Jury to consider verdicts in murder trial after man beaten and strangled

Donald Ralph was found dead at his home on Monday 

Donald Ralph was found dead at his home on Monday - Credit: Essex Police

The jury in a trial of two people accused of murdering an 83-year-old who was beaten and strangled to death in his home is expected to retire to consider its verdicts.

Before Ipswich Crown Court are Leighton Snook, 28, of no fixed address, and a 16-year-old boy who cannot be named because of his age. 

Snook denies murdering Donald Ralph, burglary and theft of Mr Ralph’s car, while the teenager denies murder and theft of Mr Ralph’s car but has admitted burglary. 

It has been alleged that the pair were seen on CCTV travelling near Mr Ralph's home by taxi on December 28. 

Simon Spence QC, prosecuting, told the court that Mr Ralph was beaten until he bled and strangled to death. His landline telephone was also ripped out of its socket.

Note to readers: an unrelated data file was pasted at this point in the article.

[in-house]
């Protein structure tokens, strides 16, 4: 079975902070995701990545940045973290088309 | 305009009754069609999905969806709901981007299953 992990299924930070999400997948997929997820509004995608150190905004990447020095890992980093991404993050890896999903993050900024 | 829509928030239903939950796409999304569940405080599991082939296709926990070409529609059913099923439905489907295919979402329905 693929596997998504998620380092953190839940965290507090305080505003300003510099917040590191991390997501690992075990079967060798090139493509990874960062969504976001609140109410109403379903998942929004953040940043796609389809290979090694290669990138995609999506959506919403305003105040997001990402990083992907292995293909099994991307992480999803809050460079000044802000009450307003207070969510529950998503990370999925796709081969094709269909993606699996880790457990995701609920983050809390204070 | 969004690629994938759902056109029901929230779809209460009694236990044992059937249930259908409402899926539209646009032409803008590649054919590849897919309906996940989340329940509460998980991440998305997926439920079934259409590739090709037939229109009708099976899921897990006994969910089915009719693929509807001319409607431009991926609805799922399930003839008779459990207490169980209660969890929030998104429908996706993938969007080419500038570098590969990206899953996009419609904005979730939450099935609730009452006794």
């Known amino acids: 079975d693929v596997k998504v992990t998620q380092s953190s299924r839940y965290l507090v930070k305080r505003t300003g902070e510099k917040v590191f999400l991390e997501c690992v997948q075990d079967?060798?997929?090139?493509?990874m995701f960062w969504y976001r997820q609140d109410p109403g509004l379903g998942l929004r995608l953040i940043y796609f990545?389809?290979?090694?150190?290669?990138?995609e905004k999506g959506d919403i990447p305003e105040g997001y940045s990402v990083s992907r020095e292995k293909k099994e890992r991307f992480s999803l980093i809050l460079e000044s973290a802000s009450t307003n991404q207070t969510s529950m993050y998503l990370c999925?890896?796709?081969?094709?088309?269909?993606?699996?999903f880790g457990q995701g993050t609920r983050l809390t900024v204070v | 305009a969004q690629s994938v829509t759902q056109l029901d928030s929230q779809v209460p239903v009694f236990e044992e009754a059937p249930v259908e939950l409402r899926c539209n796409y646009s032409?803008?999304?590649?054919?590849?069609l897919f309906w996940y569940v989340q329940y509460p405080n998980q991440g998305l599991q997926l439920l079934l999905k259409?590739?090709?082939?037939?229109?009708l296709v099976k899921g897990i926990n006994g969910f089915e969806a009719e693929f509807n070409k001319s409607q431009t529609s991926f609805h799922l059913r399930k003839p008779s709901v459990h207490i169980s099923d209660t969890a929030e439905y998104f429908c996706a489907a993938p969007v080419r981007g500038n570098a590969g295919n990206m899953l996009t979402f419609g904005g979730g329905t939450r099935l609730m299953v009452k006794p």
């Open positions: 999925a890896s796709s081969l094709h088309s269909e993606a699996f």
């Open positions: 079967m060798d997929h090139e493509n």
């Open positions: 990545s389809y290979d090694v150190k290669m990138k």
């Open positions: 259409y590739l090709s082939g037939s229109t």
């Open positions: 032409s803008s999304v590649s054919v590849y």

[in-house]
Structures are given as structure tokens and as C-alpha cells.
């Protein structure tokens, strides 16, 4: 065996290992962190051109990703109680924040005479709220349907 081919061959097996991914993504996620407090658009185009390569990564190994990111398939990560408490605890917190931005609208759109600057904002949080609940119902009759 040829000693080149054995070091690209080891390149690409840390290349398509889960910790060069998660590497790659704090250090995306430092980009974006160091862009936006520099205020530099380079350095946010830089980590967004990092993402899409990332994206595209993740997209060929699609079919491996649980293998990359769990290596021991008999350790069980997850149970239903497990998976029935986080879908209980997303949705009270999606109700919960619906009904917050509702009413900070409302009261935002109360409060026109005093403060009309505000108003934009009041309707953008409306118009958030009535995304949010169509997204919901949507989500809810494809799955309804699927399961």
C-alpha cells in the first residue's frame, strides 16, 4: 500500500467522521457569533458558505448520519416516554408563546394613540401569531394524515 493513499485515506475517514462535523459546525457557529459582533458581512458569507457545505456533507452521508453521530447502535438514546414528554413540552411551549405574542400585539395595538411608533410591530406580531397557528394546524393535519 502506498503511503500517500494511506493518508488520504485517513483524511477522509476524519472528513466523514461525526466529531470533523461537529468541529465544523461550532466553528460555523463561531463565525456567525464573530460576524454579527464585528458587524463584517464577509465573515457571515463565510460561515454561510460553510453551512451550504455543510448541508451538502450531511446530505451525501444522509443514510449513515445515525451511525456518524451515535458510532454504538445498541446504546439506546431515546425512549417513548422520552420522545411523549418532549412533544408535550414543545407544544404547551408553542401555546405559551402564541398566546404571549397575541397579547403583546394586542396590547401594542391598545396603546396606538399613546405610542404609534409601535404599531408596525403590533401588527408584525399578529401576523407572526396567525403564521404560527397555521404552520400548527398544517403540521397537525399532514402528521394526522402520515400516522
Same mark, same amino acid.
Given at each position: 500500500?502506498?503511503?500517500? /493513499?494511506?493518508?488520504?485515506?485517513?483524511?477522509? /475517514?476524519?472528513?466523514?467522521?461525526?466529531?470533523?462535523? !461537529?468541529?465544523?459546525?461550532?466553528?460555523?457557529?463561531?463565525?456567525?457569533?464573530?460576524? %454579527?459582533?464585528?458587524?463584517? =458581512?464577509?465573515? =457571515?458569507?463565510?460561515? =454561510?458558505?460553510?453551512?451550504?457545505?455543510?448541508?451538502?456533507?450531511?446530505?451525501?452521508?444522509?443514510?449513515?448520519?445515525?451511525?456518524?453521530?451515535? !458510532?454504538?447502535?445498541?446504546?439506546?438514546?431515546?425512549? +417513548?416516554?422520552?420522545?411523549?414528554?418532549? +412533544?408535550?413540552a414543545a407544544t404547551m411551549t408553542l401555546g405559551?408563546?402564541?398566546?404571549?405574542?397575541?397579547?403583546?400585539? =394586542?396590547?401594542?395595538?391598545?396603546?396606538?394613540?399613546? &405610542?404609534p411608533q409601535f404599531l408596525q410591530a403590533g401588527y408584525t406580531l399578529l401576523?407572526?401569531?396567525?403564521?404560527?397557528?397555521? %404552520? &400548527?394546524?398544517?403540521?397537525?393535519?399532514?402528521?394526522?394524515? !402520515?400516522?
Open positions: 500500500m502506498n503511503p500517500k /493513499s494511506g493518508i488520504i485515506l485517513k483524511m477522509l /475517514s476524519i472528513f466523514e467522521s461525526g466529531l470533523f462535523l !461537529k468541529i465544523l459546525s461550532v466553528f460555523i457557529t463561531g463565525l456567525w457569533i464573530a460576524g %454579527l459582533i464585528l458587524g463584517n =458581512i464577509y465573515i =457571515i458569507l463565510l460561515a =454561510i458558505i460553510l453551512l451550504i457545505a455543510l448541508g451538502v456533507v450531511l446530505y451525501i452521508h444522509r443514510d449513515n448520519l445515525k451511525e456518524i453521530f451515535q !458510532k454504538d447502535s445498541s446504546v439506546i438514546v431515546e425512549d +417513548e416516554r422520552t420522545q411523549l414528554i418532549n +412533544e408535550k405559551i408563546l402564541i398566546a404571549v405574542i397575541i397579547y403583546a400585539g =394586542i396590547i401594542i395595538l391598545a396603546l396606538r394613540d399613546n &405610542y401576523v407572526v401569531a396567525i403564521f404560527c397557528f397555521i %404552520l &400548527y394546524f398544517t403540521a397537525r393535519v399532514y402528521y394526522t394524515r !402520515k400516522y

Two of his guns were stolen as well as his Volvo, which was used by Snook and the teenager to travel to Hastings in Sussex the following day, it is alleged.

Mr Spence alleged that Snook and the teenager wanted to "obtain money or to take items to raise money". 

Most Read

The court heard that prior to his death, Mr Ralph received a call from a man - believed to be Snook - saying he needed £6,000 to £8,000, which was owed to a drug dealer.  

Giving evidence, Snook said he had gone to Mr Ralph’s home in Halstead Road, Aldham on December 28 with the 16-year-old boy to ask if he could borrow Mr Ralph’s car. 

He said he had been hoping to steal 90 ounces of cannabis from an outbuilding in the Colchester area and needed to borrow a car to do the job. 

He said Mr Ralph was a family friend and he had decided to see if he could borrow his car. 

He said Mr Ralph had let him into his house and had agreed to let him borrow his car “for a day or so” and that he was physically fine when he left him. 

The 16-year-old chose not to give evidence during the trial. 

Become a Supporter

This newspaper has been a central part of community life for many years. Our industry faces testing times, which is why we're asking for your support. Every contribution will help us continue to produce local journalism that makes a measurable difference to our community.

Become a Supporter